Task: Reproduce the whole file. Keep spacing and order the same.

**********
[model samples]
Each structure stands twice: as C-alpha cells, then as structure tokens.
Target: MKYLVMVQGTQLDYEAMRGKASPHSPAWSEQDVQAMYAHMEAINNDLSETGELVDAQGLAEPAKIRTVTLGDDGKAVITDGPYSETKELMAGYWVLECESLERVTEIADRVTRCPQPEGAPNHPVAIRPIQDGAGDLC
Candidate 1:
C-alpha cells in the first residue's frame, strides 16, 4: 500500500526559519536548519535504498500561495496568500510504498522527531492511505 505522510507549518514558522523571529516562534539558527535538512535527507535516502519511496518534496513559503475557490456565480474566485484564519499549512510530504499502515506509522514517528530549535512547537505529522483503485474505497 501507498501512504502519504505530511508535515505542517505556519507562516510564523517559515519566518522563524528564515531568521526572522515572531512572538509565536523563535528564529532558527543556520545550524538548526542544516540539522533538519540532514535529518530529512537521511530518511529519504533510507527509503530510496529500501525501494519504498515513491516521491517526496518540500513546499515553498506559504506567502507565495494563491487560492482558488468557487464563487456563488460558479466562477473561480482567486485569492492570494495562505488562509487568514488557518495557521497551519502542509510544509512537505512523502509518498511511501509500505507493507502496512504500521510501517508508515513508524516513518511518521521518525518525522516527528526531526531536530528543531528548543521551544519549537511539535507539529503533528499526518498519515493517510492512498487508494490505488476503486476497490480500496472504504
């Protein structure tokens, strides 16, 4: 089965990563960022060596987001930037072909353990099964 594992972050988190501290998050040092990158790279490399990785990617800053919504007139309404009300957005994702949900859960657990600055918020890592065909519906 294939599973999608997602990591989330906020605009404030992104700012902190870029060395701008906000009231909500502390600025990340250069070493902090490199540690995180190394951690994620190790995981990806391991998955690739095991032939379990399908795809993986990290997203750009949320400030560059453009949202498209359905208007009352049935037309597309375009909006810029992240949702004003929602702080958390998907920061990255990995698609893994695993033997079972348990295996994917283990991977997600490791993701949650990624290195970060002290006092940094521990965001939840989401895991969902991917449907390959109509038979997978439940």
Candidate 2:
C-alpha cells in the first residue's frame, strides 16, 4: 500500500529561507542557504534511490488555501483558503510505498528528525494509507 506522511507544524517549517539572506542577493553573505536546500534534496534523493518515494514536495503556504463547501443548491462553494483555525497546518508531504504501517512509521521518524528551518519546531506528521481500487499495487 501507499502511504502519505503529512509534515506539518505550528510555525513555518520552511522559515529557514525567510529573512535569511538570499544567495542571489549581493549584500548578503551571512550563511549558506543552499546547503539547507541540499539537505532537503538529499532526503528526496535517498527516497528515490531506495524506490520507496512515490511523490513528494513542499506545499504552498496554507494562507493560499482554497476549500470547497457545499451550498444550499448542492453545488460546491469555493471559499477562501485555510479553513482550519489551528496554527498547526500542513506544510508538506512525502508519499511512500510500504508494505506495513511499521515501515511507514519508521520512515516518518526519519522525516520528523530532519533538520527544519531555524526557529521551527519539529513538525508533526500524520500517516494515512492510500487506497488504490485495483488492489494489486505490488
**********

[model samples]
Each structure stands twice: as C-alpha cells, then as structure tokens.
Target: MKYLVMVQGTQLDYEAMRGKASPHSPAWSEQDVQAMYAHMEAINNDLSETGELVDAQGLAEPAKIRTVTLGDDGKAVITDGPYSETKELMAGYWVLECESLERVTEIADRVTRCPQPEGAPNHPVAIRPIQDGAGDLC
Candidate 1:
C-alpha cells in the first residue's frame, strides 16, 4: 500500500526559519536548519535504498500561495496568500510504498522527531492511505 505522510507549518514558522523571529516562534539558527535538512535527507535516502519511496518534496513559503475557490456565480474566485484564519499549512510530504499502515506509522514517528530549535512547537505529522483503485474505497 501507498501512504502519504505530511508535515505542517505556519507562516510564523517559515519566518522563524528564515531568521526572522515572531512572538509565536523563535528564529532558527543556520545550524538548526542544516540539522533538519540532514535529518530529512537521511530518511529519504533510507527509503530510496529500501525501494519504498515513491516521491517526496518540500513546499515553498506559504506567502507565495494563491487560492482558488468557487464563487456563488460558479466562477473561480482567486485569492492570494495562505488562509487568514488557518495557521497551519502542509510544509512537505512523502509518498511511501509500505507493507502496512504500521510501517508508515513508524516513518511518521521518525518525522516527528526531526531536530528543531528548543521551544519549537511539535507539529503533528499526518498519515493517510492512498487508494490505488476503486476497490480500496472504504
């Protein structure tokens, strides 16, 4: 089965990563960022060596987001930037072909353990099964 594992972050988190501290998050040092990158790279490399990785990617800053919504007139309404009300957005994702949900859960657990600055918020890592065909519906 294939599973999608997602990591989330906020605009404030992104700012902190870029060395701008906000009231909500502390600025990340250069070493902090490199540690995180190394951690994620190790995981990806391991998955690739095991032939379990399908795809993986990290997203750009949320400030560059453009949202498209359905208007009352049935037309597309375009909006810029992240949702004003929602702080958390998907920061990255990995698609893994695993033997079972348990295996994917283990991977997600490791993701949650990624290195970060002290006092940094521990965001939840989401895991969902991917449907390959109509038979997978439940």
Candidate 2:
C-alpha cells in the first residue's frame, strides 16, 4: 500500500529561507542557504534511490488555501483558503510505498528528525494509507 506522511507544524517549517539572506542577493553573505536546500534534496534523493518515494514536495503556504463547501443548491462553494483555525497546518508531504504501517512509521521518524528551518519546531506528521481500487499495487 501507499502511504502519505503529512509534515506539518505550528510555525513555518520552511522559515529557514525567510529573512535569511538570499544567495542571489549581493549584500548578503551571512550563511549558506543552499546547503539547507541540499539537505532537503538529499532526503528526496535517498527516497528515490531506495524506490520507496512515490511523490513528494513542499506545499504552498496554507494562507493560499482554497476549500470547497457545499451550498444550499448542492453545488460546491469555493471559499477562501485555510479553513482550519489551528496554527498547526500542513506544510508538506512525502508519499511512500510500504508494505506495513511499521515501515511507514519508521520512515516518518526519519522525516520528523530532519533538520527544519531555524526557529521551527519539529513538525508533526500524520500517516494515512492510500487506497488504490485495483488492489494489486505490488